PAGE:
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Spray disinfectant: home and commercial uses

A disinfectant is a product which kills all applicable bacteria and viruses. “Disinfecting kills the majority of viruses and bacteria,” points out Diane Calello, MD, executive and medical director of New Jersey Poison Centre, as disinfecting products kill 99.999% of a wide range of germs and microbes. There are two varieties of disinfectant product: alcohol based and non-alcoholic, and both can come in many forms, such as foam emulsion, gel, wipes and spray.

Antibacterial sanitiser spray, or spray disinfectant, is one of the most effective ways to disinfect surfaces, whether it be at a home or a commercial setting, as it covers a large surface area quicker, than for example wipes would.

The science behind the spray

Pathogens such as viruses and bacteria are able to survive on surfaces for days and can be difficult to get rid of unless an antibacterial disinfectant product is used. Both non-alcohol and alcohol-based disinfectants work in a similar way: their chemical composition denatures the proteins of the pathogen’s cell, causing it to split open and die, therefore disabling its capability of making us sick. It is absolutely crucial that we disinfect as well as clean the surfaces, both at home and in commercial settings, as it is the only way to properly ensure that pathogens are removed from our surroundings.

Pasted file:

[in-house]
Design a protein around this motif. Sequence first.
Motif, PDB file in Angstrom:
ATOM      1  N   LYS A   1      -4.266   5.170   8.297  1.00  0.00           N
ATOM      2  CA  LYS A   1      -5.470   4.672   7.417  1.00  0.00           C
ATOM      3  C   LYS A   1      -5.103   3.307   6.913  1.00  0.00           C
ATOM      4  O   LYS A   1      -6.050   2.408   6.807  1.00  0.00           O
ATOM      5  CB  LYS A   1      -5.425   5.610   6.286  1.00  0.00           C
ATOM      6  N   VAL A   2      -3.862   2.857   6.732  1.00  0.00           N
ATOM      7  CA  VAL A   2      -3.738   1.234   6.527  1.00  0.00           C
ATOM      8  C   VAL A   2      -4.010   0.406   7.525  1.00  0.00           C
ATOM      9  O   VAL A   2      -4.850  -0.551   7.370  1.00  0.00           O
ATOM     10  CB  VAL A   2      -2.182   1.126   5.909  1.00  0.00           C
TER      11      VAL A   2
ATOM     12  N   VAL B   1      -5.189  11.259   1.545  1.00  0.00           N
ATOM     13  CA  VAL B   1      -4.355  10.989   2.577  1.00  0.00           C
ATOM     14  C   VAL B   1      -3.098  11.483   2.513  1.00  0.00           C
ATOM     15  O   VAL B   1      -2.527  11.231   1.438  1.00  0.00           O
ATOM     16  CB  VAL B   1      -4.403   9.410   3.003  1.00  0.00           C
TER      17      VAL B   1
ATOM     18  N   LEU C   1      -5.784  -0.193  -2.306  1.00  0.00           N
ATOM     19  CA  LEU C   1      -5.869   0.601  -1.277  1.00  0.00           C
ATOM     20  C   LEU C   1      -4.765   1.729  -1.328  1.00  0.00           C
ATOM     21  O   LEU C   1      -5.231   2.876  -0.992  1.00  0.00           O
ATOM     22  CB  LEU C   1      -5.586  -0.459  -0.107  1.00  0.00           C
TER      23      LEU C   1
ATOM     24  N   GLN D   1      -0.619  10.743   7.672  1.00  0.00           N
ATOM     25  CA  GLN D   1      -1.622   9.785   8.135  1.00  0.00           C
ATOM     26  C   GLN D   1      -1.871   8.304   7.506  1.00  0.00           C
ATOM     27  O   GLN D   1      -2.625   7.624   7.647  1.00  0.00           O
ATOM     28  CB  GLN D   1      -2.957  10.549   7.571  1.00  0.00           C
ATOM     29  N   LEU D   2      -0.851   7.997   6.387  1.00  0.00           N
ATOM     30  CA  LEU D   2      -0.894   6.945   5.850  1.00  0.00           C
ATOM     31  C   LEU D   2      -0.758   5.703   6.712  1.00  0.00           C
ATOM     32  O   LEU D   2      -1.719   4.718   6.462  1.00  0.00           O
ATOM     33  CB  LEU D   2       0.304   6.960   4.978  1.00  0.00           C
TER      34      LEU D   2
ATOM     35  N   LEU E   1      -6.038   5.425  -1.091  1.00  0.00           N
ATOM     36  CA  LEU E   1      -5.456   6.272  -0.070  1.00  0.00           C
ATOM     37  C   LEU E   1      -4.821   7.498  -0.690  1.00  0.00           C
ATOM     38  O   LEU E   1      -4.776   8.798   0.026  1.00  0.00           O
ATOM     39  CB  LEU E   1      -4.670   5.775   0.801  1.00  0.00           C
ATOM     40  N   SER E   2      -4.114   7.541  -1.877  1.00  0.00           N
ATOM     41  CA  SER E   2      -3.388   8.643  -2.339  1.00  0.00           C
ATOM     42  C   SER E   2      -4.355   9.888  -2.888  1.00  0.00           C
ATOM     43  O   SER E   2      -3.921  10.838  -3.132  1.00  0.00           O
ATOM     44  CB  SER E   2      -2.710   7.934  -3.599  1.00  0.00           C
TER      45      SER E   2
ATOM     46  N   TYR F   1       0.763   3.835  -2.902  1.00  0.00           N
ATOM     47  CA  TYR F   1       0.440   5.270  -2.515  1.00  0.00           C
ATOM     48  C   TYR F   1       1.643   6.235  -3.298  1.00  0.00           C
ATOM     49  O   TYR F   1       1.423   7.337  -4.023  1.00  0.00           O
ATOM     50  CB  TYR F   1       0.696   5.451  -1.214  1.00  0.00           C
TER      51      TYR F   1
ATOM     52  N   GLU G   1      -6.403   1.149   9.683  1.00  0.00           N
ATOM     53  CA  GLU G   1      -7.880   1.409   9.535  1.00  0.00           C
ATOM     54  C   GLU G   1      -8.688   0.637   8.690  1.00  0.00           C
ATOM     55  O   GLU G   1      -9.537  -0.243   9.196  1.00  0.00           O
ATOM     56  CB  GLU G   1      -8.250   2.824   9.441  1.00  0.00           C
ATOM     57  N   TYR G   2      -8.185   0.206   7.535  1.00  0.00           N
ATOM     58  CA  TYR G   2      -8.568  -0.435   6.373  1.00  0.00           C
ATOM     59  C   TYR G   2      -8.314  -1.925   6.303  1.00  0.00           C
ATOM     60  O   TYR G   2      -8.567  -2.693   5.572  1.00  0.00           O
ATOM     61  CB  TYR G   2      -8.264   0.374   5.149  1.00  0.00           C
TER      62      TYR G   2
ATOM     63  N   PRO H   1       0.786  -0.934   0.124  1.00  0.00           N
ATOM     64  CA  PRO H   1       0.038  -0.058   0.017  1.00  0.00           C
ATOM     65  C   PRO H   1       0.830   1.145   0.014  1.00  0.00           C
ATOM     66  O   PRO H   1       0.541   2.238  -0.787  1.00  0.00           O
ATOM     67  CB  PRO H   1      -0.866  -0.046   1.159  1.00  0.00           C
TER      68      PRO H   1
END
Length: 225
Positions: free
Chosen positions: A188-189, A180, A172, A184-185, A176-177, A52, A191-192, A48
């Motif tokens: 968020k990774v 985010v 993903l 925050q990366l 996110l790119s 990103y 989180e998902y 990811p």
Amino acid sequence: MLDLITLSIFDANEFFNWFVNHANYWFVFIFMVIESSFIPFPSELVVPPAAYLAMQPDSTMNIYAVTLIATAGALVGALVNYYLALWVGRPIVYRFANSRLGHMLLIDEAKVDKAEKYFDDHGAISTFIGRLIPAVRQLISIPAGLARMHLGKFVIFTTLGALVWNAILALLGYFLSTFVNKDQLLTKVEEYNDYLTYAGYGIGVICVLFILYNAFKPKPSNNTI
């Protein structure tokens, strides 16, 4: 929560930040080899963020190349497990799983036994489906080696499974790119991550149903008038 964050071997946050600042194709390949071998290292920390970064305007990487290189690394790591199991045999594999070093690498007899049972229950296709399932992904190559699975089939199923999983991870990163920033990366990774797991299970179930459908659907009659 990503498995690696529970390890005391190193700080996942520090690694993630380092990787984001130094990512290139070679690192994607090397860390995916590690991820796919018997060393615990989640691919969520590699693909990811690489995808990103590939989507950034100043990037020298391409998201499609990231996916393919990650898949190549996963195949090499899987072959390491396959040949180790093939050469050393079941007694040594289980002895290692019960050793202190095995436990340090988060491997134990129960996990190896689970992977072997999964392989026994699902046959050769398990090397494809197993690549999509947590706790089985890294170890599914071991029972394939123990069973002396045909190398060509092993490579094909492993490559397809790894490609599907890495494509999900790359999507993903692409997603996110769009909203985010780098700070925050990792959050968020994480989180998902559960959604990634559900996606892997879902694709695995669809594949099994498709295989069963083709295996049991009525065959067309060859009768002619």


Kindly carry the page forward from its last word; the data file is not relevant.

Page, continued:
Disinfectant in the form of a spray is one of the more convenient disinfection delivery systems. By spraying the disinfectant, it is ensured that all surfaces receive a comprehensive coating of the antibacterial disinfectant spray, especially in harder to reach places and spaces where a larger surface area needs to be covered. As well as that, spraying the disinfectant is much less time consuming than if you were to use other products such as wipes.

Where can we use spray disinfectant?

One of the great benefits of antibacterial sanitiser spray as well as commercial disinfectant spray is its versatility: it can be used on pretty much all surfaces in our surroundings. Disinfectant products work extremely well on all hard, non-porous surfaces. Here are a few examples of surfaces where disinfectant spray should be used:

  • Stainless steel
  • Plastics
  • Rubbers
  • Laminate
  • Porcelain
  • Ceramics
  • Acrylics and resins
  • Wood
  • Glass
  • Spray disinfectant also works on more porous surfaces, however, when it does come to surfaces such as fabrics in clothing, furniture upholstery or bedding, as well as carpets, disinfectant products will lose a small percentage of their efficacy.

According to the EPA, you can expect disinfectant products to have a 99.9% efficacy on soft, porous surfaces, as opposed to its standard 99.99% efficacy that it has on hard non-porous ones. Soft surfaces, like the ones mentioned above, are incredibly tough to clean. The soft, porous fabric we find in clothing, bedding and curtains, just to name a few, is difficult to disinfect, as the small holes and gaps in the material make it easier for bacteria and viruses to hide.